Big Jake (1971)

big_jake_ver2Over the last decade of his career — the late 1960s and into the 1970s — John Wayne was wary of following along with the Hollywood trend of ultra-violent movies. He even turned down the Dirty Harry role, later doing 2 pretty mediocre cop movies. It’s oddly appropriate then that over the span one of his best movies (and a fan favorite) is one that embraces some bloody violence. Here’s 1971’s Big Jake.

It’s 1909 along the Texas/Mexico border when an outlaw, John Fain (Richard Boone), leads his gang of murderers and cutthroats in a vicious attack on the expansive McCandles Ranch. Ten people are killed, and ranch owner Martha (Maureen O’Hara) sees her grandson kidnapped. Fain demands a ransom of $1 million, leaving a note that says simply “Follow the map.” Knowing her grandson could be killed no matter what she decides, Martha seeks out her estranged husband, Jacob (Wayne), to take the ransom money into Mexico and get his grandson (who he didn’t know) back. With help from his two sons, James (Patrick Wayne) and Michael (Christopher Mitchum), and an old friend, Apache Sam Sharpnose (Bruce Cabot), Jacob agrees, setting off to bring his grandson back alive or his captors dead.

I’ve long been a John Wayne fan, and this 1971 western from director George Sherman (although it is reported Wayne helped direct with an ailing Sherman) has long been a personal favorite. I watched TV edited versions for years, so it’s always fun to pop in the DVD and see the full 110-minute movie! With its surprising violence and even some uses of blood squibs, ‘Jake’ is obviously a departure for Wayne. It’s balanced out though with some odd comedy (mostly works), a familiar, deep cast, and beautiful filming locations in Durango, Mexico — a favorite spot of Wayne to make movies; The War Wagon, Sons of Katie Elder, The Undefeated. This isn’t a western that rewrites the genre and is far from its revisionist peers of the time, but it’s damn entertaining from beginning to end.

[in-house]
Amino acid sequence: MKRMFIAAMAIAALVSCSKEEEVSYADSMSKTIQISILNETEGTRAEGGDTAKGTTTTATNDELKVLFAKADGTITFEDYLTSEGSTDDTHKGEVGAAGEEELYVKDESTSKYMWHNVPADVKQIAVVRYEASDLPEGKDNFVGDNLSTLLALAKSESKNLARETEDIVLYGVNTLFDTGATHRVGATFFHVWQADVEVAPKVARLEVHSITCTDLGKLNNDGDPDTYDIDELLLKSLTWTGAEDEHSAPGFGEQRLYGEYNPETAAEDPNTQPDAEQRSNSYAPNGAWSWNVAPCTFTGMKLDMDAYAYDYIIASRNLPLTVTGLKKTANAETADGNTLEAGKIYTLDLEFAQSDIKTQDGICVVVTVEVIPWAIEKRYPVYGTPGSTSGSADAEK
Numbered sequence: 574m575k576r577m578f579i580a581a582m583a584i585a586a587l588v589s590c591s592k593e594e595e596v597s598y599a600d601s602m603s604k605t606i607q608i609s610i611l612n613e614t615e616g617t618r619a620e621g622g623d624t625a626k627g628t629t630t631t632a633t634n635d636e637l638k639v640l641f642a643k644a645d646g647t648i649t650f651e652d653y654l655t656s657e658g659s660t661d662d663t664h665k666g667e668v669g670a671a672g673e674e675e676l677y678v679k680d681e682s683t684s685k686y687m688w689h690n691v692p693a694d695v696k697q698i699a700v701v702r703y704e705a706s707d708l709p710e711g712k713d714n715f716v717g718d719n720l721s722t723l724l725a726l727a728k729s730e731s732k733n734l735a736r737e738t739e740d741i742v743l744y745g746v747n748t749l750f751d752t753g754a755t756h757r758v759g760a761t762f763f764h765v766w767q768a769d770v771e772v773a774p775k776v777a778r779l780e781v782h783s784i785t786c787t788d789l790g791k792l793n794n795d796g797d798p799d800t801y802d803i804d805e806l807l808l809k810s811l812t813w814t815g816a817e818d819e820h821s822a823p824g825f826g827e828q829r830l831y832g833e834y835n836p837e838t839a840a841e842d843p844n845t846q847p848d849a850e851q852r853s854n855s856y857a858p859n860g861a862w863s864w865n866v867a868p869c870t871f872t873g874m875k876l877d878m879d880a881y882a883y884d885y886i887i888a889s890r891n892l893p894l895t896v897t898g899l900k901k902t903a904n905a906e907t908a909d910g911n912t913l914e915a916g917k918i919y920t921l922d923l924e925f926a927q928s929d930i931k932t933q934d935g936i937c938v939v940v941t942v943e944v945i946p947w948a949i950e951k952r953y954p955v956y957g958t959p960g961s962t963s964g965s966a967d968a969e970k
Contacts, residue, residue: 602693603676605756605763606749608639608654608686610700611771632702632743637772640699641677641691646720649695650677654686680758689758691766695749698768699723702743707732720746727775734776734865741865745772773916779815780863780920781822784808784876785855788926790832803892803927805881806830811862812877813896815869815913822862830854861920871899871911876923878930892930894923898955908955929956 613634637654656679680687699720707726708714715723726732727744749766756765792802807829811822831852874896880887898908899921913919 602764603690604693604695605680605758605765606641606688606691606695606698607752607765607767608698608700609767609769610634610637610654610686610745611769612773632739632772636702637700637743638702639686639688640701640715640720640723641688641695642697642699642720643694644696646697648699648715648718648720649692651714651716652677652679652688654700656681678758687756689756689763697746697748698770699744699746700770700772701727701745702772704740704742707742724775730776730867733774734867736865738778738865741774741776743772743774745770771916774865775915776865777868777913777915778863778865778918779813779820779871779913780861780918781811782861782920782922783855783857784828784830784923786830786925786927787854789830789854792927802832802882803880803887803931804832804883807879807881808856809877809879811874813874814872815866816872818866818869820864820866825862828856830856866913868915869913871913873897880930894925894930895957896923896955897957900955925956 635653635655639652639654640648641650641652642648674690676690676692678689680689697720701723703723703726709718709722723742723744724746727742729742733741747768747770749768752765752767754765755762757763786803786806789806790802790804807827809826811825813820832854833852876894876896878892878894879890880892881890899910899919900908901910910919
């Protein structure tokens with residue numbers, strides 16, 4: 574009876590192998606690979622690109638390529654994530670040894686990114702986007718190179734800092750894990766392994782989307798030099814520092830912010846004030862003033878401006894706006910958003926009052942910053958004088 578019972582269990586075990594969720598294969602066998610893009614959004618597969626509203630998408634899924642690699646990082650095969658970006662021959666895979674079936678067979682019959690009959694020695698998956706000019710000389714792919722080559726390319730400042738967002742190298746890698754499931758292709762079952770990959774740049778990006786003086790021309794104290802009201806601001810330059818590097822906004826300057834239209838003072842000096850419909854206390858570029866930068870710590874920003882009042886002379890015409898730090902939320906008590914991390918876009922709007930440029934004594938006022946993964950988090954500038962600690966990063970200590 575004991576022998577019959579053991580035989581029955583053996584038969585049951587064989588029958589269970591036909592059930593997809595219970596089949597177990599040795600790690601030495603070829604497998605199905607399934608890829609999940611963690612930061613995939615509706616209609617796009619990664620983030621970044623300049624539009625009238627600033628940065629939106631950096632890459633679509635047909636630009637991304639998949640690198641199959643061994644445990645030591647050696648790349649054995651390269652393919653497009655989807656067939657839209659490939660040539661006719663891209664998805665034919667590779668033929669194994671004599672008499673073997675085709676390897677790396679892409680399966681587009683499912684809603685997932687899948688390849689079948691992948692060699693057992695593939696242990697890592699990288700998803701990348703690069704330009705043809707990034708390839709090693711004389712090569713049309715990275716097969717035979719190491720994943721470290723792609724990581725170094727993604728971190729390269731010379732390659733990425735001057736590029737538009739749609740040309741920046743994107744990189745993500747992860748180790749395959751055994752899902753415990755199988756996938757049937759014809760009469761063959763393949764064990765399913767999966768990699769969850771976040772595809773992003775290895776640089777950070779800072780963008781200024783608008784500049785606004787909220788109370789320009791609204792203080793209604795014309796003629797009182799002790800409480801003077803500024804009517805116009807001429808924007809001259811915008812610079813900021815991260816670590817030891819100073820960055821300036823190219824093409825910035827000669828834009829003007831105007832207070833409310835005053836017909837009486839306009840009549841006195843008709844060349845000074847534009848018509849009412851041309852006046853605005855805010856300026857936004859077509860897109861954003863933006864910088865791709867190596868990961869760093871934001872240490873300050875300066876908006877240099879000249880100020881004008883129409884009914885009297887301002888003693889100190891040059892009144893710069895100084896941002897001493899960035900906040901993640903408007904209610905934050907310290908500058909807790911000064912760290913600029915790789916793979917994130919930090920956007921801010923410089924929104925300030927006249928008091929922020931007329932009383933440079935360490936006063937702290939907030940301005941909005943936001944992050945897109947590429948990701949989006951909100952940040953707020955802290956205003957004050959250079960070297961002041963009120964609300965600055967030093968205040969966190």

By this point in his career, Wayne could have done a part like this with his eyes closed. To his credit, he never did. He brings a certain energy to the part, a rough edge as we learn about his Jacob McCandles and his past. This is easily one of his most quotable parts, the Duke delivering one crackling one-liner after another. It never feels forced, Wayne’s gruff delivery bringing it all together. His chemistry with his supporting cast is impeccable, especially his early (and too short) scenes with frequent co-star Maureen O’Hara. On the tough guy angle, his dialogue scenes with Richard Boone are pppppperfect, especially the build-up to the final showdown. Throw in the estranged father scenes as he reunites with his sons, Patrick Wayne’s James and Mitchum’s Michael, and you’ve got a bunch of positives in an at-times eccentric western.

The cast is far from done there, especially an underused Richard Boone as the calculating, brutal John Fain. Most villains cower in Wayne’s shadow, but not Boone. Watch THIS scene for an example (apologies for the low quality). Fain’s gang includes O’Brien (Glenn Corbett), a half-breed gunslinger, Pop Dawson (an unrecognizable Harry Carey Jr.), Kid Duffy (stuntman Dean Smith), a deadshot with a rifle, John Goodfellow (Gregg Palmer), a machete-wielding psycho, Trooper (Jim Burk), an Army deserter, and Will Fain (Robert Warner), John’s brother who favors a shotgun. Singer Bobby Vinton makes a brief appearance as Jake’s third son. Also look for recognizable western faces John DoucetteJohn AgarJim DavisHank WordenChuck Roberson (Wayne’s stunt double), and Roy Jenson. Wayne’s real-life son, Ethan Wayne, plays the kidnapped Little Jake.

After the opening narration and bloody and bullet-riddled raid, things settle in at a decent pace. Wayne’s introduction off a memorable line from O’Hara is a gem. From there, it’s a story on the trail as Jacob, his sons and Sam, and Jacob’s dog…Dog, trail Fain and the gang into Mexico, finally catching up in a boom town named Escandero. The final shootout and hostage exchange is a gem and the obvious highlight of the movie. It takes place in a walled-off Mexican compound — historically a key location in the Mexican Revolution — in the dead of night. Some great dialogue, a couple genuine twists and plenty of bullets flying.

One of my favorites, and a John Wayne gem. Highly recommended.

Big Jake (1971): ****/****

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Hombre (1967)